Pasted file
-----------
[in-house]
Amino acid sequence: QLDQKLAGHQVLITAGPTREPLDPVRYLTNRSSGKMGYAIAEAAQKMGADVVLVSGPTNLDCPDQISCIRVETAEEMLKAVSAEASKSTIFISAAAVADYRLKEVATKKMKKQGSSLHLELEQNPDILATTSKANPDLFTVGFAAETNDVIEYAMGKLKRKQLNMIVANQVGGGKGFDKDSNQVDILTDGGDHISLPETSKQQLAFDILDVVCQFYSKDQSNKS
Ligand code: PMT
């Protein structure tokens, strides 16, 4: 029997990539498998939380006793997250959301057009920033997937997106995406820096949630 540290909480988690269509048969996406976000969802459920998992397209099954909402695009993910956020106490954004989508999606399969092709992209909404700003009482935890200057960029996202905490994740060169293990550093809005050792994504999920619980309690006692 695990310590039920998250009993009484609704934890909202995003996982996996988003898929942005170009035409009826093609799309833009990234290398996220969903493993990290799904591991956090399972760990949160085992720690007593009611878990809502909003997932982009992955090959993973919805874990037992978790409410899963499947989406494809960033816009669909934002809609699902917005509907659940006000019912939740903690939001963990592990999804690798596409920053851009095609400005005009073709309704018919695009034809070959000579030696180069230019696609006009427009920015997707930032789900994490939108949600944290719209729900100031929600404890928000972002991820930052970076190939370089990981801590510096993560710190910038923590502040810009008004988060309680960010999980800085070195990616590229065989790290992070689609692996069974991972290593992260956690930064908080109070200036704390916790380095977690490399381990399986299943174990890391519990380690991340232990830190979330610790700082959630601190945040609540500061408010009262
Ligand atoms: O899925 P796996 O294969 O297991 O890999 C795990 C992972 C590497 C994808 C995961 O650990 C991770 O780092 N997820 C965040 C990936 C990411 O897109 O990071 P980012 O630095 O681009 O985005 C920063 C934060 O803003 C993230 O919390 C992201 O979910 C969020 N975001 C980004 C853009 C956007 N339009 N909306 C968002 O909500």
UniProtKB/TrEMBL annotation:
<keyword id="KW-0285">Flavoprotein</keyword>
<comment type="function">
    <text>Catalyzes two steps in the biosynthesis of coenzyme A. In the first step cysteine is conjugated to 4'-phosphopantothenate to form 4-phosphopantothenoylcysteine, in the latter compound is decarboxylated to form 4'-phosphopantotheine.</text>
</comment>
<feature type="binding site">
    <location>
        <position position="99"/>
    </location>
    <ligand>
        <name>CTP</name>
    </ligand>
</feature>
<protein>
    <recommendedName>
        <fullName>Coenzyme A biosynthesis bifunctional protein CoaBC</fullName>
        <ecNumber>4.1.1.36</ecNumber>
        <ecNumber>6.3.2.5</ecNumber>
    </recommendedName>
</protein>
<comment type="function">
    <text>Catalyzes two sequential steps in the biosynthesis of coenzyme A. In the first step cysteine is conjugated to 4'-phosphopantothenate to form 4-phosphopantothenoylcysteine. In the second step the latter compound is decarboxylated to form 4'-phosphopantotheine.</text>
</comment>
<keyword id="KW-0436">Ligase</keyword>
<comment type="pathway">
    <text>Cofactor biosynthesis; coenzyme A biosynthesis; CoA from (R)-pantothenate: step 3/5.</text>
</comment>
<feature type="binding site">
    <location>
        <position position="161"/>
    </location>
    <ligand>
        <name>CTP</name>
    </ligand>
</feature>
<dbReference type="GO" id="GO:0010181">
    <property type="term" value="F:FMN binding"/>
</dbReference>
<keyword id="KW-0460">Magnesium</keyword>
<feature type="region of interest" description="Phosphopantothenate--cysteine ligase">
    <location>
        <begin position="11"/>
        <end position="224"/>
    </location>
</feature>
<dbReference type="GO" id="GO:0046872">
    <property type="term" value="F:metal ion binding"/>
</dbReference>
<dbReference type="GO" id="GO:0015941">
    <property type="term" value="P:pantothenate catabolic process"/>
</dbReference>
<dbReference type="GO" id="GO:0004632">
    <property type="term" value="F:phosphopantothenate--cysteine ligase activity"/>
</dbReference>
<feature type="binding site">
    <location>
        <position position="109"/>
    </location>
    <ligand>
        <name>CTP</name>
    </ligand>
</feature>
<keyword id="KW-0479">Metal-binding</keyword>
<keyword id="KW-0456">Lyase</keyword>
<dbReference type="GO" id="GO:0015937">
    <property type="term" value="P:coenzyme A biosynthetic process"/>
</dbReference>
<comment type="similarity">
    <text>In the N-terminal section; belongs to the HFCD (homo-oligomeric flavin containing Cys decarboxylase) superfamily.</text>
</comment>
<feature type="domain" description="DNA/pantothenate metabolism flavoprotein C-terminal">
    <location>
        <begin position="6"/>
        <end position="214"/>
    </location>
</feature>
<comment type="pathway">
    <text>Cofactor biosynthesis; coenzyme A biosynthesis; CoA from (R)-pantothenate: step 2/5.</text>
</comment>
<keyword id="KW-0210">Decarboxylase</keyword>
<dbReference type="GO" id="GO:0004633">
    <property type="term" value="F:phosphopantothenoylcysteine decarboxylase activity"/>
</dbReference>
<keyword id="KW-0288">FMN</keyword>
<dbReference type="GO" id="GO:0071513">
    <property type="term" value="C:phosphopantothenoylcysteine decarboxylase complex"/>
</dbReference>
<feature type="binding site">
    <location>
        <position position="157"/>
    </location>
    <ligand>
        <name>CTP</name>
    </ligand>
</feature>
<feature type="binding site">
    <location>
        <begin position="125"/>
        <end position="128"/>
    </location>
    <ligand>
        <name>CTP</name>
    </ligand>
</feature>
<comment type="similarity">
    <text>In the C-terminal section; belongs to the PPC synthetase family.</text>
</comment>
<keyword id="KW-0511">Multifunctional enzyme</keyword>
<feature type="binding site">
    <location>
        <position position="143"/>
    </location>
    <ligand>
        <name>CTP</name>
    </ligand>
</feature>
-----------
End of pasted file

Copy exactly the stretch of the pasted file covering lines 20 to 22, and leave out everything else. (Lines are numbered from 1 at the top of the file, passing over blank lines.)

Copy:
    <recommendedName>
        <fullName>Coenzyme A biosynthesis bifunctional protein CoaBC</fullName>
        <ecNumber>4.1.1.36</ecNumber>